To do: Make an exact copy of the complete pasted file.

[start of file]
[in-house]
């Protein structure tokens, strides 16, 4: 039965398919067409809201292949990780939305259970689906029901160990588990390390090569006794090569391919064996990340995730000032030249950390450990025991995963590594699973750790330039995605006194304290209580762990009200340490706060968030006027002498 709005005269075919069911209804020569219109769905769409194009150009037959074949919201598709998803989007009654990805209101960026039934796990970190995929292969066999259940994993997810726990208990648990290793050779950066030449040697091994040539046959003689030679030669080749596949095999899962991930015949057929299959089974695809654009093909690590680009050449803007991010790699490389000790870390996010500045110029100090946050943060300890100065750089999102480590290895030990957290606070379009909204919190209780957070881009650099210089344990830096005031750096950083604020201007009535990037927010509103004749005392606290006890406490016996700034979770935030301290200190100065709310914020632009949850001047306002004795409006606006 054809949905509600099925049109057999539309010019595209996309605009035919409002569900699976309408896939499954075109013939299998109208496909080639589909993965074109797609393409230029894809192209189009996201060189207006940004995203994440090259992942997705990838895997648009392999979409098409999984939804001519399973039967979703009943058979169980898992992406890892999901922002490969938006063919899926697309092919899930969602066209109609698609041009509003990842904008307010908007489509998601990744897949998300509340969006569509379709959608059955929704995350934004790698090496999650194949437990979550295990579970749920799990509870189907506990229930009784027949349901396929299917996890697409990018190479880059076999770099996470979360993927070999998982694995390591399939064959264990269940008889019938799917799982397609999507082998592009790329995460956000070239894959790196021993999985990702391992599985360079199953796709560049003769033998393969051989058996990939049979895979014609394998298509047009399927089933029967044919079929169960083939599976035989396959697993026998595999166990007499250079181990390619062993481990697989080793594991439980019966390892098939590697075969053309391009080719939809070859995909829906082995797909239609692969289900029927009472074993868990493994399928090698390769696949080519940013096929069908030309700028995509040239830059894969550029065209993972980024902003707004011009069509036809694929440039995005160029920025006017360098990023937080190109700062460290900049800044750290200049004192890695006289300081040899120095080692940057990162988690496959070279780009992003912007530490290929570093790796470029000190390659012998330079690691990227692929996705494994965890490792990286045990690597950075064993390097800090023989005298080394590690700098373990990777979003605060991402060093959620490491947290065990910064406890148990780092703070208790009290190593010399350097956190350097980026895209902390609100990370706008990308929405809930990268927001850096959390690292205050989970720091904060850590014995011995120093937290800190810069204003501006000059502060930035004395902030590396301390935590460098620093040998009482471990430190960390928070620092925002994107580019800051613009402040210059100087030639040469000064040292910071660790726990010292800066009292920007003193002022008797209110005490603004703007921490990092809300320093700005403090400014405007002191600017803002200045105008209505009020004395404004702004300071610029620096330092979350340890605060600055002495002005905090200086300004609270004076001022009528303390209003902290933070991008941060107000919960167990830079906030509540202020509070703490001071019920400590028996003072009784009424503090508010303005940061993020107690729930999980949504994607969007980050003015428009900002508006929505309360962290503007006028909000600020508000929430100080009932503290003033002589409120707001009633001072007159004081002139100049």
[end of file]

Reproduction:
[in-house]
């Protein structure tokens, strides 16, 4: 039965398919067409809201292949990780939305259970689906029901160990588990390390090569006794090569391919064996990340995730000032030249950390450990025991995963590594699973750790330039995605006194304290209580762990009200340490706060968030006027002498 709005005269075919069911209804020569219109769905769409194009150009037959074949919201598709998803989007009654990805209101960026039934796990970190995929292969066999259940994993997810726990208990648990290793050779950066030449040697091994040539046959003689030679030669080749596949095999899962991930015949057929299959089974695809654009093909690590680009050449803007991010790699490389000790870390996010500045110029100090946050943060300890100065750089999102480590290895030990957290606070379009909204919190209780957070881009650099210089344990830096005031750096950083604020201007009535990037927010509103004749005392606290006890406490016996700034979770935030301290200190100065709310914020632009949850001047306002004795409006606006 054809949905509600099925049109057999539309010019595209996309605009035919409002569900699976309408896939499954075109013939299998109208496909080639589909993965074109797609393409230029894809192209189009996201060189207006940004995203994440090259992942997705990838895997648009392999979409098409999984939804001519399973039967979703009943058979169980898992992406890892999901922002490969938006063919899926697309092919899930969602066209109609698609041009509003990842904008307010908007489509998601990744897949998300509340969006569509379709959608059955929704995350934004790698090496999650194949437990979550295990579970749920799990509870189907506990229930009784027949349901396929299917996890697409990018190479880059076999770099996470979360993927070999998982694995390591399939064959264990269940008889019938799917799982397609999507082998592009790329995460956000070239894959790196021993999985990702391992599985360079199953796709560049003769033998393969051989058996990939049979895979014609394998298509047009399927089933029967044919079929169960083939599976035989396959697993026998595999166990007499250079181990390619062993481990697989080793594991439980019966390892098939590697075969053309391009080719939809070859995909829906082995797909239609692969289900029927009472074993868990493994399928090698390769696949080519940013096929069908030309700028995509040239830059894969550029065209993972980024902003707004011009069509036809694929440039995005160029920025006017360098990023937080190109700062460290900049800044750290200049004192890695006289300081040899120095080692940057990162988690496959070279780009992003912007530490290929570093790796470029000190390659012998330079690691990227692929996705494994965890490792990286045990690597950075064993390097800090023989005298080394590690700098373990990777979003605060991402060093959620490491947290065990910064406890148990780092703070208790009290190593010399350097956190350097980026895209902390609100990370706008990308929405809930990268927001850096959390690292205050989970720091904060850590014995011995120093937290800190810069204003501006000059502060930035004395902030590396301390935590460098620093040998009482471990430190960390928070620092925002994107580019800051613009402040210059100087030639040469000064040292910071660790726990010292800066009292920007003193002022008797209110005490603004703007921490990092809300320093700005403090400014405007002191600017803002200045105008209505009020004395404004702004300071610029620096330092979350340890605060600055002495002005905090200086300004609270004076001022009528303390209003902290933070991008941060107000919960167990830079906030509540202020509070703490001071019920400590028996003072009784009424503090508010303005940061993020107690729930999980949504994607969007980050003015428009900002508006929505309360962290503007006028909000600020508000929430100080009932503290003033002589409120707001009633001072007159004081002139100049």